As a member of an Explorer post affiliated with the Los Angeles County Sheriff's Department, the La Cañada Flintridge resident rode along with deputies and assisted a boy who was suffering a seizure. The Boy Scouts of America Learning for Life program recently awarded him the Explorer Leadership Award.
Cronkhite, now 22, is a civilian advisor and hopes to one day become a deputy sheriff. He studies criminal law at Pasadena City College. He answered questions via email for the Valley Sun.
You graduated from the Explorer Academy in 2007. Can you explain what the academy teaches you and how you got involved in it?
The Explorer Academy is a mandatory basic training process that all Sheriff Explorers must go through before being stationed at a patrol station of their choice. The Explorer Academy essentially teaches the recruits business skills. As a recruit, you are taught how to dress professionally, how to take care of your body, may it be healthy eating habits or physical exercises, and to learn public-speaking skills. The academy molds an everyday high school student into a young professional ready for the workplace. The academy is tough, it's a para-military program which breaks down who you think you are while the staff builds you into the man or woman you thought you'd never know.
What is your current position and what are your duties?
As the Explorers is a youth program, the maximum age for an Explorer is the day of your 22nd birthday. I “aged out” of the Explorer program on my birthday earlier this year, in January. I didn't want to leave my Explorers, I had worked very hard on turning a team of three into a team of 10. Nevertheless, I turned in my captain insignias and the issued gear. Thankfully, my advisors felt it was necessary to keep me on with the program, for I still had so much to teach them, so they hired me on as a civilian advisor, where I am now. Getting this job was essentially a promotion from Explorer captain.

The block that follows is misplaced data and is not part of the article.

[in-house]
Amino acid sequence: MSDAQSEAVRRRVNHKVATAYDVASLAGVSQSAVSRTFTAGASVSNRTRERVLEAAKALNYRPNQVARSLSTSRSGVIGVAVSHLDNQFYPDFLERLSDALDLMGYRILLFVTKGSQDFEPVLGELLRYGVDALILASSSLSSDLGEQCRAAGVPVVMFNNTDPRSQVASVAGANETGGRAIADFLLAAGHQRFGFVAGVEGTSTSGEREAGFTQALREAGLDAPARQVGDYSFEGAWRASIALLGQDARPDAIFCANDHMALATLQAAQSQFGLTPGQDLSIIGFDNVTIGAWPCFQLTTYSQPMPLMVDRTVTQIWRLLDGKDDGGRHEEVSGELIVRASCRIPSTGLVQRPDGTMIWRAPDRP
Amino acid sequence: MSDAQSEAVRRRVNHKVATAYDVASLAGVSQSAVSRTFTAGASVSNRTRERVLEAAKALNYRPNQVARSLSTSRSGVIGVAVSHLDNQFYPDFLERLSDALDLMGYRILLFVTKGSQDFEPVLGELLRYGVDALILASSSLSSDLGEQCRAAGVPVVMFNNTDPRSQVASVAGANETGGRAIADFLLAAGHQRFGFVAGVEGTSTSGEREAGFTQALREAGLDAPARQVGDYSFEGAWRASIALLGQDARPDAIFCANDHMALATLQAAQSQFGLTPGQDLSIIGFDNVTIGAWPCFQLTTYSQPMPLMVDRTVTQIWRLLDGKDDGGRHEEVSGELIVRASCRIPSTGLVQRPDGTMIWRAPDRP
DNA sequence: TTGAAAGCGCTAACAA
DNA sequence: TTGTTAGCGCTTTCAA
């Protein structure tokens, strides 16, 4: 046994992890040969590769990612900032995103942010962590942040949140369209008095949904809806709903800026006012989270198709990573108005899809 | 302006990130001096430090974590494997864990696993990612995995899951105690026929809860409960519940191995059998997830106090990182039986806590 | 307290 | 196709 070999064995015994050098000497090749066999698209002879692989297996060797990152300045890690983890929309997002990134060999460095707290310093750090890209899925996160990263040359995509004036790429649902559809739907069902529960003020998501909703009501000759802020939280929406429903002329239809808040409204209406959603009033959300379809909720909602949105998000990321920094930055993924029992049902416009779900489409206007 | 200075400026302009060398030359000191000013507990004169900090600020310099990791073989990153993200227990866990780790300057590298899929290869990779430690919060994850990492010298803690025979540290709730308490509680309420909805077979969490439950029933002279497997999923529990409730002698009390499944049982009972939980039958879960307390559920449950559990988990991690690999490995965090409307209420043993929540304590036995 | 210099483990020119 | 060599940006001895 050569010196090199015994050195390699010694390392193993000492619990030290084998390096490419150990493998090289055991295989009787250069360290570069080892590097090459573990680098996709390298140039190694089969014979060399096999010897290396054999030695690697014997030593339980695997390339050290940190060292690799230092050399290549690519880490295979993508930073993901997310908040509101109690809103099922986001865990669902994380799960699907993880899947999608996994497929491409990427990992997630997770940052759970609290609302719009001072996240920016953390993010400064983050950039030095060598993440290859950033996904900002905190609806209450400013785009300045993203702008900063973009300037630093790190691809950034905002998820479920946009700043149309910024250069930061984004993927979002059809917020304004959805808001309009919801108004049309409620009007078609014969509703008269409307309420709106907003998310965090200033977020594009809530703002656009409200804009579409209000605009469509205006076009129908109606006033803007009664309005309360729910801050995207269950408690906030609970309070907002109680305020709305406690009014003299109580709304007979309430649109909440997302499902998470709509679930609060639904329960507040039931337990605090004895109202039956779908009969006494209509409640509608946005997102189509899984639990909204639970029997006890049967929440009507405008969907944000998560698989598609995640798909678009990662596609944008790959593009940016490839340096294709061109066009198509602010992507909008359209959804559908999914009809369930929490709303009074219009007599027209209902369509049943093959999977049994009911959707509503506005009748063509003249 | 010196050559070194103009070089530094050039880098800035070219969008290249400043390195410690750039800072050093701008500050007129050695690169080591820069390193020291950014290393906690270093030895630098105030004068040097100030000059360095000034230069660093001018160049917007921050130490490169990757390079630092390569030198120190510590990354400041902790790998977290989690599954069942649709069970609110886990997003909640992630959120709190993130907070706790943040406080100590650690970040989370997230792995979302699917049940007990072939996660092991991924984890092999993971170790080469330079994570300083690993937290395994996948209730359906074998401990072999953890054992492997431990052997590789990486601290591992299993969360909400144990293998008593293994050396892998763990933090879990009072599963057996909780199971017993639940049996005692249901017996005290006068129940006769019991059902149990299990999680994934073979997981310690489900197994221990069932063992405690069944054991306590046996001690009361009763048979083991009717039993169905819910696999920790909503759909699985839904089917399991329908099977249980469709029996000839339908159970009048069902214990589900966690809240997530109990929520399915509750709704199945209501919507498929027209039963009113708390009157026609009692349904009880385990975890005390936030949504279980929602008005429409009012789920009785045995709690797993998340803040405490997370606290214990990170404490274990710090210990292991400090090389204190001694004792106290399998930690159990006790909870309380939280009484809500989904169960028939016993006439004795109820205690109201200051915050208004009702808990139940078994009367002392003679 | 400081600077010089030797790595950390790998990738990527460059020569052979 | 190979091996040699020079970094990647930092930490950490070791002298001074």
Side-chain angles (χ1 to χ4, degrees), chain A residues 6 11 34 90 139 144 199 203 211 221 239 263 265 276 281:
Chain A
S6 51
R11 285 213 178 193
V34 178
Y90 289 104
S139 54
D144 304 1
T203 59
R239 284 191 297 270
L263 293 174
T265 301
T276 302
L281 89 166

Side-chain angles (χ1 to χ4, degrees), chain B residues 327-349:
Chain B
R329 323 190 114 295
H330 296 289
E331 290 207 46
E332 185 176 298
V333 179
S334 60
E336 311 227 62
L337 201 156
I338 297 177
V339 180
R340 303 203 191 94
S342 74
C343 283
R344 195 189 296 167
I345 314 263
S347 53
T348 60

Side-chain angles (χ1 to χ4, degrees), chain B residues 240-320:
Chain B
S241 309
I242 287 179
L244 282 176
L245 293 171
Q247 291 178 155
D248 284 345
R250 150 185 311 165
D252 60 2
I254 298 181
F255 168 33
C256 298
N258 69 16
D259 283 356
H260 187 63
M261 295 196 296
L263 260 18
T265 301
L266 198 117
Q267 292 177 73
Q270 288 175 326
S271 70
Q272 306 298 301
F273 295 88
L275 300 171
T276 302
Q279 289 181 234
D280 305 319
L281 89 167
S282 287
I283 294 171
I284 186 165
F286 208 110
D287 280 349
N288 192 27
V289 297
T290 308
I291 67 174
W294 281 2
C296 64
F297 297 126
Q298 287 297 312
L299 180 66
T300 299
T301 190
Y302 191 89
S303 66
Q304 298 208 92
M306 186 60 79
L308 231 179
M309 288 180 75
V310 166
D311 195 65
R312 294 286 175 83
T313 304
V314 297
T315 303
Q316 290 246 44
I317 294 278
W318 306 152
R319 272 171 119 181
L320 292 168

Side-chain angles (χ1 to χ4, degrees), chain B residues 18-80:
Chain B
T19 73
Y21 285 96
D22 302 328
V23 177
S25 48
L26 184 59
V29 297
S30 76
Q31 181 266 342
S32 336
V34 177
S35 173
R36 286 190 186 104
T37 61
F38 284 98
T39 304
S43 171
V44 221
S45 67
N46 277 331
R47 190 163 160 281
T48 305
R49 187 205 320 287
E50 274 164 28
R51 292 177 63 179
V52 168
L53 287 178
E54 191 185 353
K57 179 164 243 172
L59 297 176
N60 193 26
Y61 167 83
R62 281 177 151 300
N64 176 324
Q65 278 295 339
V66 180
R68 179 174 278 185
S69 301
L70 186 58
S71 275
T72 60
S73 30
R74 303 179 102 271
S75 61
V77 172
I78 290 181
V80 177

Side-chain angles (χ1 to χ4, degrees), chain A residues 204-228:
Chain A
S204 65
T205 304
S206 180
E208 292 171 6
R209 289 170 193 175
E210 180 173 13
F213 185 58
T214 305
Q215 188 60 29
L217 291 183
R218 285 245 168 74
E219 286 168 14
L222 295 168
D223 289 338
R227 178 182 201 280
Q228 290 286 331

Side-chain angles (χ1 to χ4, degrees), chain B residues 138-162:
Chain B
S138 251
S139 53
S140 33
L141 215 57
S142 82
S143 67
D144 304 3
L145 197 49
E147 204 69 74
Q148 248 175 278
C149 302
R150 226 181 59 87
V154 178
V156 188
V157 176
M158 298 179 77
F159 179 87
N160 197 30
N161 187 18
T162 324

I continue to teach and mentor the Explorers in life and in law. I teach Explorers officer safety, uniform appearance, arrest and control techniques. Since our Explorers heavily participate in the ride-along program, I also give them field training. Field training consists of investigation of crimes, in-depth discussions of criminal law, and techniques to de-escalate hostile situations. I also accompany Explorers in various events as a supervisor from Explorer competitions to civic events that require public appearance.
Is it difficult to train new Explorers?
It's not as difficult to train new Explorers as you would think. These kids are eager to get that duty belt on and take someone down in our controlled training sessions. When these young men and women are interested in law enforcement, it's hard for them to leave the station, because they just want to keep learning more.
What do you like about working with young Explorers?
I see a young me in each and every one of them. As their leader and advisor, I do my very best to nurture their love for law enforcement, and teach them every single thing I know about being a cop. I certainly enjoy hearing the stories of our Explorers taking guns and drugs off the streets assisting deputies on ride-alongs.